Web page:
Banned Books Week: Our right to read, September 24-30, 2017


Explore the history of censorship and joys of unrestricted reading this Banned Books Week.

Every year, bookstores, libraries, universities and organizations host engaging programs that spotlight censorship. Select a state below to find out what events are taking place in your area.

To submit an event for Banned Books Week 2017, complete our event form.


  • San Francisco
    Phonochrome Presents: Banned Books Solidarity Concert
    Phonochrome is a critically acclaimed, Bay Area chamber ensemble that seeks to increase the relevance and impact of chamber music by performing concerts that contextualize music and relate to cultures of history, politics, social movements, and other art forms. This concert, curated in support of the annual event Banned Books Week, aims to raise awareness of the political oppression of artists, journalists, and musicians, as well as highlight the importance of our First Amendment rights and the ongoing work of organizations like the American Library Association and the Freedom to Read Foundation. This program is a diverse and compelling array of music that exemplifies various forms of political censorship. Cellist Natalie Raney opens the concert with the Catalonian folk song, “Song of the Birds,” made famous by cellist Pablo Casals during his self-imposed political exile from Spain. Numerous other works, such as Aaron Copland’s “As It Fell Upon A Day” and Claude Debussy’s “Chansons de Bilitis,” were censored in their home countries as well as in China during Mao Zedong’s infamous cultural revolution. Performances of Dorothy Parker’s “Songs of Perfect Propriety” and Maya Angelou’s “Calypso Songs” honor two outspoken literary women who were silenced for their work. Parker was investigated by the FBI and placed on the Hollywood Blacklist for her role in pre-WWII antifascist organizations, and Maya Angelou’s autobiography remains one of the most contested books in American literary history. Concluding the performance will be a contemporary arrangement of “Strange Fruit,” a song written by Jewish poet Abel Meerepol in protest of racist lynchings, and which later became an anthem for the American Civil Rights movement. Tickets available at the door or online at Doors at 11:30 for a pre-concert coffee reception provided by Ritual Coffee Roasters. Concert at 12:00 p.m. Post-concert book reception courtesy of The Green Arcade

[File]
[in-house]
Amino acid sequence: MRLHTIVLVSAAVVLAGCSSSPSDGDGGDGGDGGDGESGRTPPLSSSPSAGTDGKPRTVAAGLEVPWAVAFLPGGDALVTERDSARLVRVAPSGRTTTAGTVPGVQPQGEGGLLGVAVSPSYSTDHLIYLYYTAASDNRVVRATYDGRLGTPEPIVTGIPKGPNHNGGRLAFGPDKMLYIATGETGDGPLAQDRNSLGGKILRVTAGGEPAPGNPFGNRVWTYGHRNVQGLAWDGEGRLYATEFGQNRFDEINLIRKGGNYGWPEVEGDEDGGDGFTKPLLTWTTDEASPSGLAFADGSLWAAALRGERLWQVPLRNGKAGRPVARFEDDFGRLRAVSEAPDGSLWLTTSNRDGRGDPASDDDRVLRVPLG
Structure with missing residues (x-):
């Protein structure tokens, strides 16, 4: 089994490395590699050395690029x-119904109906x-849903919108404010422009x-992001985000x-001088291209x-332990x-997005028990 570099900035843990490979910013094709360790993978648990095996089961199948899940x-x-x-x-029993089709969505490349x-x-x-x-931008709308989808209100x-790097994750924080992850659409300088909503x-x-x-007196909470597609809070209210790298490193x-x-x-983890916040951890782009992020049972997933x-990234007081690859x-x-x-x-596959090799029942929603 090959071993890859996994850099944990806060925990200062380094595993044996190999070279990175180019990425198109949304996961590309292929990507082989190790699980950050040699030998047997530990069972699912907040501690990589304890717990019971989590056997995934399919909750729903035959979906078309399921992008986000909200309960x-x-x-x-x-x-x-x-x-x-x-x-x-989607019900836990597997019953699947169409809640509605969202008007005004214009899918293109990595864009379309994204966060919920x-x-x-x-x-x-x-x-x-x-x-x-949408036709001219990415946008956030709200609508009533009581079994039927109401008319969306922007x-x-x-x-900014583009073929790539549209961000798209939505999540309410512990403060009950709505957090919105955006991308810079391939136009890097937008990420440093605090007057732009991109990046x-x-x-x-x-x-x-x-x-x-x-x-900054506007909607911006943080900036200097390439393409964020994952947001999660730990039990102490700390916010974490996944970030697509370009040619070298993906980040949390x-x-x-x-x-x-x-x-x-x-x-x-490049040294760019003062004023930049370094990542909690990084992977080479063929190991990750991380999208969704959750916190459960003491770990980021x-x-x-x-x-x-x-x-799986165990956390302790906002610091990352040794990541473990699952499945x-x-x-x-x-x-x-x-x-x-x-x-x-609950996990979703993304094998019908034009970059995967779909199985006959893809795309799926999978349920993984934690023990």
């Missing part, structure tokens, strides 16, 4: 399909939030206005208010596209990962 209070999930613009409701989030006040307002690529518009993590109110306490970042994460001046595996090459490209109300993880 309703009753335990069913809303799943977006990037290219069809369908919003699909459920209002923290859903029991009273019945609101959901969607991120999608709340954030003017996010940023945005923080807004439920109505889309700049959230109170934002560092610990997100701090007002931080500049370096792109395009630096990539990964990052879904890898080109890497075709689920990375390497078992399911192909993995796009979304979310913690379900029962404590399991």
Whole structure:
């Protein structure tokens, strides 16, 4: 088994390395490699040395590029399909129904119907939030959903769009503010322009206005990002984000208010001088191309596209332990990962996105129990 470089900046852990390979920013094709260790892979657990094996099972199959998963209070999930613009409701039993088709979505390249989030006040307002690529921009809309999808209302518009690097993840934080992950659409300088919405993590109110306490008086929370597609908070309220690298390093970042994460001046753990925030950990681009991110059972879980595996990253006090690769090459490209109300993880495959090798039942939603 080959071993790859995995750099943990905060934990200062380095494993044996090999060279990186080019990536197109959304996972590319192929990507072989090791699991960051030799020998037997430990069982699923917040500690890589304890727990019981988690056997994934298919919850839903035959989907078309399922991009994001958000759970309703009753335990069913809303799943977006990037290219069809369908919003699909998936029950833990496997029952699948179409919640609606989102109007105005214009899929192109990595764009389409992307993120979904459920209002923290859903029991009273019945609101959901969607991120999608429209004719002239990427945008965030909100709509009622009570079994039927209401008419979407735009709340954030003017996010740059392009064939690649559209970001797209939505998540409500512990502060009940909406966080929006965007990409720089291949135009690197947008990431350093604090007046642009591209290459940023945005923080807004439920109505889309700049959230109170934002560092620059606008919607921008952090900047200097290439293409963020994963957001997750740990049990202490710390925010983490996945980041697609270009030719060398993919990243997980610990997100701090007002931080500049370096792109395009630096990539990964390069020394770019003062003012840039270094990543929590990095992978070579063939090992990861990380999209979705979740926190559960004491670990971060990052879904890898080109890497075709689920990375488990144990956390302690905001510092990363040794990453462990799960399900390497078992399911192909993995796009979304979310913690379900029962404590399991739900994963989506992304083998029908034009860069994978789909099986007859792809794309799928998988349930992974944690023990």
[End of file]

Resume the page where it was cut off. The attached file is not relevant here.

September 24, 2017
    Center for New Music
    55 Taylor Street
    San Francisco, CA 94102
    Elizabeth Talbert
    (646) 932-0792


  • New Windsor
    You Gotta Fight for your Right to Read Banned Books!
    During this program, a panel of experts will discuss the joys and challenges of supporting teens' right to read freely. Learn why books in school and public library collections are often challenged, how to talk to those concerned about materials, how to encourage teens to defend their right to read, and why it's important for teens to have access to a diversity of ideas and viewpoints. The panel will include a local public library and school librarian, a YA author, a teen, and a parent of a teen! Check in begins at 1:30! We hope to see you there!
    September 28, 2017
    Carroll County Public Library Headquarters
    1100 Green Valley Rd
    New Windsor, MD 21776
    Nay Keppler


  • East Cleveland
    Your Right to Read
    Join Your Right to Read: A Conversation with Ann Rowlett, Deputy Director of ACLU of Ohio. The freedom to read is essential to democracy, but it is also constantly under attack by private groups and public authorities trying to limit access, label, and censor “controversial” reading materials.
    September 25, 2017
    East Cleveland Public Library
    14101 Euclid Avenue
    East Cleveland, OH 44112
    Dr. Hogan